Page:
Looking at Consumers Through “Retro Glasses?”

Communication is always the heart of great patient care. Yet, the content that makes that conversation meaningful is changing, moment to moment. The pace of innovation—in medicine and technology—pushes consumer expectations higher, and HealthTech is not only creating smart devices, it’s creating smarter, more collaborative patients. Is our industry recognizing that dialogue expectations in the examination room have changed, or looking at consumers through “retro glasses?”

Not long ago, the reigning thinking was that biopharma companies with solid advocacy strategies would be clearly seen among a therapeutic community’s leaders. But now, people with health and wellness concerns are awash in information and anxious to make life-extending and saving decisions: A company’s good listening skills must evolve to a higher level. Medicine and HealthTech are no longer separate disciplines. They are interwoven essentials enabling patients to enter the conversation on drug-to-drug interactions, steel their readiness to challenge restricted formularies, and even remind them to take their medications.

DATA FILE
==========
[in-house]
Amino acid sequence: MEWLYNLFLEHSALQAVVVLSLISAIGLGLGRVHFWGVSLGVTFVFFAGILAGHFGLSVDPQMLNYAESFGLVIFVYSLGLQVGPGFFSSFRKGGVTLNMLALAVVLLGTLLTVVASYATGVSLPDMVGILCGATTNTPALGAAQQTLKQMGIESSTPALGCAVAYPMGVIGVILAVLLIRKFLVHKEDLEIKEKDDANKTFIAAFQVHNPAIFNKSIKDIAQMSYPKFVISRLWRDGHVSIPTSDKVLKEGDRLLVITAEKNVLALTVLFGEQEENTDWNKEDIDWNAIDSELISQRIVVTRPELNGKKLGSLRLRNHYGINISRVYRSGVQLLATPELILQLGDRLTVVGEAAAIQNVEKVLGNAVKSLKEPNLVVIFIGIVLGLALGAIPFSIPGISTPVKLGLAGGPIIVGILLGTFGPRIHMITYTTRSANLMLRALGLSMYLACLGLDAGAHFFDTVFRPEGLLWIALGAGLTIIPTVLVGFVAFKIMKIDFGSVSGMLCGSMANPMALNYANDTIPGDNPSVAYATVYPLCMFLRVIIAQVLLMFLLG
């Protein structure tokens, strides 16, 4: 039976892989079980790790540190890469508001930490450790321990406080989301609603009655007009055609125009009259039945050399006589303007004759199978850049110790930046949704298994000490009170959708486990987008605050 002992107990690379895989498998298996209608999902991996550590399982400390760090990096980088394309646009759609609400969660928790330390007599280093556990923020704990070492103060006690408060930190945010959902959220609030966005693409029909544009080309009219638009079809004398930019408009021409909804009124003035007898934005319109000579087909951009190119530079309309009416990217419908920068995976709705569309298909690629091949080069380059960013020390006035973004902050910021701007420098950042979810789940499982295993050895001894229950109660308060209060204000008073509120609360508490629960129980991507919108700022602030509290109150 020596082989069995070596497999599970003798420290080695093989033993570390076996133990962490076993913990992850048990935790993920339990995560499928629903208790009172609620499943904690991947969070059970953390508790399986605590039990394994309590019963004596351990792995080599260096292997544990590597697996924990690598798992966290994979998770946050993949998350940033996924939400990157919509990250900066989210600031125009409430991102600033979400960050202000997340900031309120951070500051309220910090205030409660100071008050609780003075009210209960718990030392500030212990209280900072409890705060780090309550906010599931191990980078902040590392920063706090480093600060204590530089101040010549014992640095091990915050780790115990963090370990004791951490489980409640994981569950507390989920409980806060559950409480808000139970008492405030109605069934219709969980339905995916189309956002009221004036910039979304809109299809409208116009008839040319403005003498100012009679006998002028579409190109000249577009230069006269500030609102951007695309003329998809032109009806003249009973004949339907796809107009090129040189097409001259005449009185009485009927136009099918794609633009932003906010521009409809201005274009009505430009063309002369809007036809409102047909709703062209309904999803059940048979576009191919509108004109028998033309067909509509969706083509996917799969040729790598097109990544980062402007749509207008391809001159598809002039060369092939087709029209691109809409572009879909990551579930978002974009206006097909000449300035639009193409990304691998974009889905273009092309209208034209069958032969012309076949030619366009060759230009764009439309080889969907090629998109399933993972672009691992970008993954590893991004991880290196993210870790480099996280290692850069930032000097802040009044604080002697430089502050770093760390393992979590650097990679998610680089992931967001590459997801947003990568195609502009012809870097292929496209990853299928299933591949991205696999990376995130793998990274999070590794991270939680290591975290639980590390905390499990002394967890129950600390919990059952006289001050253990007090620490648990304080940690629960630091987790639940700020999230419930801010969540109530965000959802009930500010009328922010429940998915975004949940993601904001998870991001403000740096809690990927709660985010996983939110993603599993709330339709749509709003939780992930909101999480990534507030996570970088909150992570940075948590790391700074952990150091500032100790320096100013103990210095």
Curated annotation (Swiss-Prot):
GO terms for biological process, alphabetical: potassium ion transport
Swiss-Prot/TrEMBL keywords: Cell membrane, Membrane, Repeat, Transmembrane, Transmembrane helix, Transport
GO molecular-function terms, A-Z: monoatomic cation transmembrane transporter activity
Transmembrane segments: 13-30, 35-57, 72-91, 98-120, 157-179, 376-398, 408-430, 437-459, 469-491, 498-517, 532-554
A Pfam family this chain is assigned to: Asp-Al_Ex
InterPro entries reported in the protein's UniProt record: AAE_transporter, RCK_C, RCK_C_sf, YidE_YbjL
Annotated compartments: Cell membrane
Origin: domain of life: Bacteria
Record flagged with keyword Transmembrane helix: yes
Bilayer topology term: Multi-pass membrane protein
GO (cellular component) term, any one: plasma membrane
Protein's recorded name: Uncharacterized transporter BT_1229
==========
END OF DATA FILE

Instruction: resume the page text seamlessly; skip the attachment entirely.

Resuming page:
We’ve Reached a Tipping Point

As a younger generation of prescribers and patients push for accessible health technologies—from cloud-based, health-data-storage-enabling record sharing to wearables that transmit heart function, and from AI software that unites real-time diabetes blood glucose meters with precise insulin delivery to much more—we have reached a societal tipping point. Doctors and pharma marketers take heed: When payers incentivize members to use wearables with lower insurance rates, you’ll need to get on the health innovation bandwagon faster, and even seek out ideas and technologies that improve therapeutic outcomes.

Beyond technology, data-driven healthcare, the world of tracking software, machine learning, and precision medicine to improve outcomes push the health ecosystem to embrace ideas that enhance care and drive cost-effective decision-making. Rather than respond to these events, pharma innovators must find a way to incorporate these innovations into their pre-launch and launch strategies.

Consumers see well-being and health as interconnected. Beyond weight and heart rate, they use wearables to collect and share data, track their older parents’ whereabouts and even self-compete to improve health and project it as a status symbol. With this consumer mindset becoming the new SOP, marcomm pros should be asking themselves, “What does this mean for our customer community and category?”

The battle around whether health and HealthTech can find common ground is over. Now the challenge is how brand groups take technology beyond a nifty method to raise awareness. The health economy is about convergence of processes, products, and people, and pharma must now expand its vision of the laboratory to see consumer application as its new holy grail.


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